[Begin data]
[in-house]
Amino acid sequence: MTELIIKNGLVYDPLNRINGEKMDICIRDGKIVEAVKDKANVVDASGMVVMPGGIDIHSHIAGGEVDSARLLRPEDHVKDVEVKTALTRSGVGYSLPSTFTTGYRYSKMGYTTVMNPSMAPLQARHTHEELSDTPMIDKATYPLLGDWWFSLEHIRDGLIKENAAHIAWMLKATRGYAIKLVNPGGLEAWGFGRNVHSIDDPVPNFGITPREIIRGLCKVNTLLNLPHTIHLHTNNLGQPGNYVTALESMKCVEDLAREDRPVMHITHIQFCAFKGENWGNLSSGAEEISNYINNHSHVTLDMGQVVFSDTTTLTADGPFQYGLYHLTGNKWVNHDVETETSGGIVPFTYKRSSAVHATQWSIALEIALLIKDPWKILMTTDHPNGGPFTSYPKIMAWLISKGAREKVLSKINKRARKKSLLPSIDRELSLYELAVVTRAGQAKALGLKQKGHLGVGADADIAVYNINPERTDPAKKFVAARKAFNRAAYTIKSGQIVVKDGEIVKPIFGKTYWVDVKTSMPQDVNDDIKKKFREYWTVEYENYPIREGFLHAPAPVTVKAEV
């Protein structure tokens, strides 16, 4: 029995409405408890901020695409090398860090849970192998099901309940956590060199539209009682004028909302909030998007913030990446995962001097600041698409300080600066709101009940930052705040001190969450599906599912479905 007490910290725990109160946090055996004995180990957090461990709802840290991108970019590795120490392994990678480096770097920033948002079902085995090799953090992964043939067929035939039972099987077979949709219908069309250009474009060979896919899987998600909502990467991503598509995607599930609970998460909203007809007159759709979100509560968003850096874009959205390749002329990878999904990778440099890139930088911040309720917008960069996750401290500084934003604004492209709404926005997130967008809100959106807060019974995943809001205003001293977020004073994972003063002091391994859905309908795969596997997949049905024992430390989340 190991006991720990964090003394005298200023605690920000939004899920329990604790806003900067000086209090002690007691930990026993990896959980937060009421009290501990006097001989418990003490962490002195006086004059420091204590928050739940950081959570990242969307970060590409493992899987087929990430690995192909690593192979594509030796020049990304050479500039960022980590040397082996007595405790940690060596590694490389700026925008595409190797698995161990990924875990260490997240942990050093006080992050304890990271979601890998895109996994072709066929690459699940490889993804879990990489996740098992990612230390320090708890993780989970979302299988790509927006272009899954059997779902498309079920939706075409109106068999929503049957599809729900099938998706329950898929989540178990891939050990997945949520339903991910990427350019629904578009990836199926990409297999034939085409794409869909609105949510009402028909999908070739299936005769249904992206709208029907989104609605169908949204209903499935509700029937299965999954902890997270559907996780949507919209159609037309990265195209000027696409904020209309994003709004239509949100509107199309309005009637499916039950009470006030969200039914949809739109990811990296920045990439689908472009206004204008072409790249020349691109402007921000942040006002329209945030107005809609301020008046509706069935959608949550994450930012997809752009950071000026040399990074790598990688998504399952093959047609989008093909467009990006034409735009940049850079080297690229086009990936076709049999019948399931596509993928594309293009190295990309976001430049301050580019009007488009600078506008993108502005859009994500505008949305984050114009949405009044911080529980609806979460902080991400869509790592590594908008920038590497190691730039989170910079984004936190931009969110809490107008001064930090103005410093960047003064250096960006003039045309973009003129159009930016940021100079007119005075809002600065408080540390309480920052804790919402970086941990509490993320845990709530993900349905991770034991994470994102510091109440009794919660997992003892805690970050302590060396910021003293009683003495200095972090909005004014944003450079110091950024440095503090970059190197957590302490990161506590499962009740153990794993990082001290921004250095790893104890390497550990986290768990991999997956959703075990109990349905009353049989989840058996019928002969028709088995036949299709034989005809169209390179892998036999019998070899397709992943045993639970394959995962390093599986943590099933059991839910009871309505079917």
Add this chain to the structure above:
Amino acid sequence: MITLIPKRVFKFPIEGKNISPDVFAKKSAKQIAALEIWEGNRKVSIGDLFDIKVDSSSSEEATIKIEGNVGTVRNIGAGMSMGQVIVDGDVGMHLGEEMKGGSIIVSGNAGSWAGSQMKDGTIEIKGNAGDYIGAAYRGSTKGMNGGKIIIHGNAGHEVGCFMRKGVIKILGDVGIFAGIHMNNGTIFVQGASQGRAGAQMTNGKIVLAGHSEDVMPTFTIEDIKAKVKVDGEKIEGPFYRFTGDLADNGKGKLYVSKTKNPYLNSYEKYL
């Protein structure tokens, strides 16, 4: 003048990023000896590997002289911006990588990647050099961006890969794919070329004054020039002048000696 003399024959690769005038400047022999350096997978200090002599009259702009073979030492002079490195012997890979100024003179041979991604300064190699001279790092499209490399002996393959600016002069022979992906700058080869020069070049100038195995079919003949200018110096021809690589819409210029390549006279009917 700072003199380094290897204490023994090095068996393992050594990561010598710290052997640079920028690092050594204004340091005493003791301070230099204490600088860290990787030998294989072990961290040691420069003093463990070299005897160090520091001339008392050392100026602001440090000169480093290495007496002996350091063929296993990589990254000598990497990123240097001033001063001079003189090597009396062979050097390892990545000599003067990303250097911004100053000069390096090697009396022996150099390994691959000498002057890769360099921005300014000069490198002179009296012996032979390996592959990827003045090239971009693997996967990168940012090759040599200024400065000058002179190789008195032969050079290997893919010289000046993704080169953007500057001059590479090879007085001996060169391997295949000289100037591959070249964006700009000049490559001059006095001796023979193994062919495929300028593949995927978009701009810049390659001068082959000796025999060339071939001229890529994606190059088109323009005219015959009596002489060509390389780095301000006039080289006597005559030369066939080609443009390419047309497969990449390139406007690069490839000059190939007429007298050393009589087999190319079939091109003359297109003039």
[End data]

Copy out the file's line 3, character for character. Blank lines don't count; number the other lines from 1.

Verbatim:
């Protein structure tokens, strides 16, 4: 029995409405408890901020695409090398860090849970192998099901309940956590060199539209009682004028909302909030998007913030990446995962001097600041698409300080600066709101009940930052705040001190969450599906599912479905 007490910290725990109160946090055996004995180990957090461990709802840290991108970019590795120490392994990678480096770097920033948002079902085995090799953090992964043939067929035939039972099987077979949709219908069309250009474009060979896919899987998600909502990467991503598509995607599930609970998460909203007809007159759709979100509560968003850096874009959205390749002329990878999904990778440099890139930088911040309720917008960069996750401290500084934003604004492209709404926005997130967008809100959106807060019974995943809001205003001293977020004073994972003063002091391994859905309908795969596997997949049905024992430390989340 190991006991720990964090003394005298200023605690920000939004899920329990604790806003900067000086209090002690007691930990026993990896959980937060009421009290501990006097001989418990003490962490002195006086004059420091204590928050739940950081959570990242969307970060590409493992899987087929990430690995192909690593192979594509030796020049990304050479500039960022980590040397082996007595405790940690060596590694490389700026925008595409190797698995161990990924875990260490997240942990050093006080992050304890990271979601890998895109996994072709066929690459699940490889993804879990990489996740098992990612230390320090708890993780989970979302299988790509927006272009899954059997779902498309079920939706075409109106068999929503049957599809729900099938998706329950898929989540178990891939050990997945949520339903991910990427350019629904578009990836199926990409297999034939085409794409869909609105949510009402028909999908070739299936005769249904992206709208029907989104609605169908949204209903499935509700029937299965999954902890997270559907996780949507919209159609037309990265195209000027696409904020209309994003709004239509949100509107199309309005009637499916039950009470006030969200039914949809739109990811990296920045990439689908472009206004204008072409790249020349691109402007921000942040006002329209945030107005809609301020008046509706069935959608949550994450930012997809752009950071000026040399990074790598990688998504399952093959047609989008093909467009990006034409735009940049850079080297690229086009990936076709049999019948399931596509993928594309293009190295990309976001430049301050580019009007488009600078506008993108502005859009994500505008949305984050114009949405009044911080529980609806979460902080991400869509790592590594908008920038590497190691730039989170910079984004936190931009969110809490107008001064930090103005410093960047003064250096960006003039045309973009003129159009930016940021100079007119005075809002600065408080540390309480920052804790919402970086941990509490993320845990709530993900349905991770034991994470994102510091109440009794919660997992003892805690970050302590060396910021003293009683003495200095972090909005004014944003450079110091950024440095503090970059190197957590302490990161506590499962009740153990794993990082001290921004250095790893104890390497550990986290768990991999997956959703075990109990349905009353049989989840058996019928002969028709088995036949299709034989005809169209390179892998036999019998070899397709992943045993639970394959995962390093599986943590099933059991839910009871309505079917």